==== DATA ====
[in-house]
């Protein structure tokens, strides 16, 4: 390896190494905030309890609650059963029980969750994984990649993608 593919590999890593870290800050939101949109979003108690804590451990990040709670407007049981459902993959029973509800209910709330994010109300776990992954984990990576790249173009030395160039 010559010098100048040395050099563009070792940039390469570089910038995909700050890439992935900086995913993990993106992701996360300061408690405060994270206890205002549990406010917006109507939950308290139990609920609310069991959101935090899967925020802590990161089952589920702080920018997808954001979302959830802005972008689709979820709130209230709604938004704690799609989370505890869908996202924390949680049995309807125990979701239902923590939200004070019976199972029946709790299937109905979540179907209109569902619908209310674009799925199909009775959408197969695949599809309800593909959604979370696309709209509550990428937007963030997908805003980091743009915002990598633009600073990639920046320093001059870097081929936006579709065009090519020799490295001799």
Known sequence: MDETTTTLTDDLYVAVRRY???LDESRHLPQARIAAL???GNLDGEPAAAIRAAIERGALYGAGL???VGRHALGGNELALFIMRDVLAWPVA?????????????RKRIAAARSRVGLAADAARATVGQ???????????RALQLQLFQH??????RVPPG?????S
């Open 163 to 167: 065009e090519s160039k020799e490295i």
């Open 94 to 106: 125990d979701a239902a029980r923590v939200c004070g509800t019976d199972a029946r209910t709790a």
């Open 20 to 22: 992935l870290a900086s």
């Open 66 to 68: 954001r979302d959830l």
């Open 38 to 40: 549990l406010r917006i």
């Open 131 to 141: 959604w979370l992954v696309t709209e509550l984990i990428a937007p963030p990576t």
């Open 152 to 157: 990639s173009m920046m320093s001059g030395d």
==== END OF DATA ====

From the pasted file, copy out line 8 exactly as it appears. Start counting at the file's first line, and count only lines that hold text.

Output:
């Open 38 to 40: 549990l406010r917006i």